The Problem

This section must consist of market research and an in-depth explanation of the problem that exists within a particular market.

The Solution

The solution must describe how the proposed product will solve the aforementioned problem, and how it will counteract the issues raised during the market research.

Description of the product

In this section, a full description of the solution/product/service must be given including all features and specifications.

Tokenomics

Here, the token sale and the token economics must be detailed carefully and accurately so that investors know exactly where their investment is going, and what they will receive in return.

Roadmap

The startup must outline every ICO stage that the project will be rolled out over subsequent months/years, and the use of funding as and when each goal is achieved.

Team

Providing information about the team behind the ICO is imperative for building trust and credibility. Details need to be given about the relevant experience of each team member, and their responsibilities in the project.

Legal Requirements

Depending on which jurisdiction the ICO is operating in and from, there will be certain legal requirements that you are bound to include. These as a standard, comprising of a Disclaimer, Company Information, and information on sources of funding.

Creating a whitepaper

Creating a whitepaper is not just a matter of ticking off these sections and presenting it to investors; care, time, and careful consideration need to be given to each and every section, and it is advisable to have it checked by a legal professional with experience in the sector.

If you are considering launching your ICO in or from Malta, there are rules that you have to adhere by. Furthermore, as new legislation comes into force, any white papers that were launched before November 1st 2018, need to be rewritten and amended so that they are compliant.

E&S Group reviews and amends white paper to ensure it is legally compliant. Remember that you cannot have an effective ICO without a winning white paper so making sure you get it right is the key to your success. To find out more about E&S Group ICO Legal Service send us an email on [email protected].

 

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E&S Group is attending the Largest Swiss Blockchain Summit 

Categories Blockchain, Cryptocurrency, Regulatory, ICOs, Malta, Law, E&S Group, Conference, Blockchain Leadership Summit

E&S Group is attending the Largest Swiss Blockchain Summit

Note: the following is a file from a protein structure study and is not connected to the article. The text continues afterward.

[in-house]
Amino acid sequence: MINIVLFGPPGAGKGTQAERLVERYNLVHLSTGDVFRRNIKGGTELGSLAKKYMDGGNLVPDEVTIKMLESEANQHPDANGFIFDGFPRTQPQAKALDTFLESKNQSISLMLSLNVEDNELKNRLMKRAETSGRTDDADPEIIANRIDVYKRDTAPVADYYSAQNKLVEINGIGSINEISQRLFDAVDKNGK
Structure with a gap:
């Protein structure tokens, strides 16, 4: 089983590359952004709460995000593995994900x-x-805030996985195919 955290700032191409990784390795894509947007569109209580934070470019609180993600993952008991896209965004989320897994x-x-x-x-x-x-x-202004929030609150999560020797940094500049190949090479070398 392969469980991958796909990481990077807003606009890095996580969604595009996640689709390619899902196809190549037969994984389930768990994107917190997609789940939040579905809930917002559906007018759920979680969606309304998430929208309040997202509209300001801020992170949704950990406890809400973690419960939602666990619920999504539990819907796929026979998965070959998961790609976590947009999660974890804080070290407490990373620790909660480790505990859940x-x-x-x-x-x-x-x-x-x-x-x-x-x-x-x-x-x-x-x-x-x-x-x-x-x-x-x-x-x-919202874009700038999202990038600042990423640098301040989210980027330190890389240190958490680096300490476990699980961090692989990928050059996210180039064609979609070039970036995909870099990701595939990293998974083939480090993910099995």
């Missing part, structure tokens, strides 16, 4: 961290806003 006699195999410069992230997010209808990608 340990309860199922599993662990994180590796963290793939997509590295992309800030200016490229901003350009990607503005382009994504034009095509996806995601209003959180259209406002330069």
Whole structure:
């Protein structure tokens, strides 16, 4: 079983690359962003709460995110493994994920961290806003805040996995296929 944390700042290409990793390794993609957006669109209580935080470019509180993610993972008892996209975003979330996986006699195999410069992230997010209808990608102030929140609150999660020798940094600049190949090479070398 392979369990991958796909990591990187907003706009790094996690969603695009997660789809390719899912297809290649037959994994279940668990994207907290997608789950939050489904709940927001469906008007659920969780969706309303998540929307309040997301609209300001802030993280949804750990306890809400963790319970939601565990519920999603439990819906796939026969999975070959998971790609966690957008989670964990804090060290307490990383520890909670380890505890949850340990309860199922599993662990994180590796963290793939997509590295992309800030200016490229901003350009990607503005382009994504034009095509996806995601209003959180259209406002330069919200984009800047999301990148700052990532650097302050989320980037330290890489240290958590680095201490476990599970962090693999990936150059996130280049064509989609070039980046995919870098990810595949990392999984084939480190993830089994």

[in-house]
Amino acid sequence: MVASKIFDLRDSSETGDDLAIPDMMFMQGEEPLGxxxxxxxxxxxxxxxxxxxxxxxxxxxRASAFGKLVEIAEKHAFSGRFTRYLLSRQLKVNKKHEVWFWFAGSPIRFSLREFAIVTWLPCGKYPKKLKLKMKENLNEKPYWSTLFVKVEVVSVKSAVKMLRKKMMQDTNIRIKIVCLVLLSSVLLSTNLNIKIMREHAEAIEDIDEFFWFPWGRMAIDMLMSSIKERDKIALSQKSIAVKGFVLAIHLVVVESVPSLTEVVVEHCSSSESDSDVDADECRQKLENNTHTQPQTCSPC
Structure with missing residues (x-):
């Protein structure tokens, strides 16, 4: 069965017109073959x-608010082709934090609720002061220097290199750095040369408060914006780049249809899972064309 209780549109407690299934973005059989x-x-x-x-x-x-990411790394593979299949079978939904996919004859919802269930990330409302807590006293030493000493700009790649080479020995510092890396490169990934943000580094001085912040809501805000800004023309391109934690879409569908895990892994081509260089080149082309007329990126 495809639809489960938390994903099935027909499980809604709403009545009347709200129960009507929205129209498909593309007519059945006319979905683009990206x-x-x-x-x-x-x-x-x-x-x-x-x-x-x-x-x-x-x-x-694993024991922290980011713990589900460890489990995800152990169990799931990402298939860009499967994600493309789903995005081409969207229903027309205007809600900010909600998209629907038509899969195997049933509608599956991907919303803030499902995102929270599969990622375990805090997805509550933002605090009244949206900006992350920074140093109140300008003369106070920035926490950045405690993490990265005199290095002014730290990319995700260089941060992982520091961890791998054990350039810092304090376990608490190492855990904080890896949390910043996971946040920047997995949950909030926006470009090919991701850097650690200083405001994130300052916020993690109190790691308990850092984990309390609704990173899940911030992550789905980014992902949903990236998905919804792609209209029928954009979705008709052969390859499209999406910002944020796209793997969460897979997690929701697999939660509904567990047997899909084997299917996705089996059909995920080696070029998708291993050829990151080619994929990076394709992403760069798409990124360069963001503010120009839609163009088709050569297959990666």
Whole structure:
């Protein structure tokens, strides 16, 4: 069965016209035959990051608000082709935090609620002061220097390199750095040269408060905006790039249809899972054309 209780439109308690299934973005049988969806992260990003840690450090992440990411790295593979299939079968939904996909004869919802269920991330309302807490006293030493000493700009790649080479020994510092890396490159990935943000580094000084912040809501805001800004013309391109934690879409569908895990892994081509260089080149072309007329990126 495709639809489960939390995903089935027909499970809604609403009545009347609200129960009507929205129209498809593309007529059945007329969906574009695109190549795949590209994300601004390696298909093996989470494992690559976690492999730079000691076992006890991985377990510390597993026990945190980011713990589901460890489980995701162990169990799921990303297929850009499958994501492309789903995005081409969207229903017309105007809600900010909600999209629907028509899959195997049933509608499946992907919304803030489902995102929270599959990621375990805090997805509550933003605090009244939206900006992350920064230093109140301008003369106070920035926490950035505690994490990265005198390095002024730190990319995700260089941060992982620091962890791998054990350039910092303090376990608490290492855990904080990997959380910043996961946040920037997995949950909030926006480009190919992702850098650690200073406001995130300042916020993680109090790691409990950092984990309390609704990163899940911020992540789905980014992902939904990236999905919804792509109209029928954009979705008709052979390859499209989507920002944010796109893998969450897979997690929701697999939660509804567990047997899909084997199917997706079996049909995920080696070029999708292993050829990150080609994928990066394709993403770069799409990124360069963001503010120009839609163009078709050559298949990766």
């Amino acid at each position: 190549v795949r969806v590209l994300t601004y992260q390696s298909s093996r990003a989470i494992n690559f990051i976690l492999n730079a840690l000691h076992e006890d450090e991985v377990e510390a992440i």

Switzerland has set bars to remain at the forefront, maintaining its position as a world leader in this technology. Statistics released by the investment group Crypto Valley Venture Capital (CVVC) show that over 600 companies and institutions are now located in Switzerland and neighbouring Liechtenstein, with 3,000 people employed. The report of CVVC is mostly focused on the TOP 50 companies in the blockchain industry based in the ‘Crypto Valley’.

“Switzerland is extremely well located on the Blockchain map”, explains Vincent Pignon, Blockchain adviser to the State of Geneva. According to the earlier report from PwC, Switzerland used to be the second in ranking at a global scale in 2017, just right after the USA, in terms of attracting the funds with ICOs.

In 2018, Switzerland is still holding on to its leading position in the industry by cooperation with Lichtenstein, in addition, assisting the banking sector to reform their banking access rules. The country maintains one of the biggest entrepreneurs and blockchain developers’ communities in the world and hosts the DLT-related events on a regular basis.

The largest Swiss Blockchain Summit, Blockchain Leadership Summit takes place on the 23rd and 24th of November, 2018. This key industry event will welcome 2500+ attendees, opinion leaders and industry drivers including:- investors, politicians, start-ups, executives and over 70 top speakers and experts. The topics discussed during the 2-day event will focus on Governance and Leadership in Blockchain, Financial Regulation, Institutional and Corporate Investment Sector, Taxation, Legalization and Insurance of Crypto Assets.

The first summit in Zurich was organised in March by InnMind, the first Swiss-made global business ecosystem for the innovative community, start-up founders, experts, investors, mentors and service providers. The event got the status of a global Think Tank of decision and policy makers from blockchain and crypto world united 30 world’s top experts, 500 professionals, proactive investors, and startups.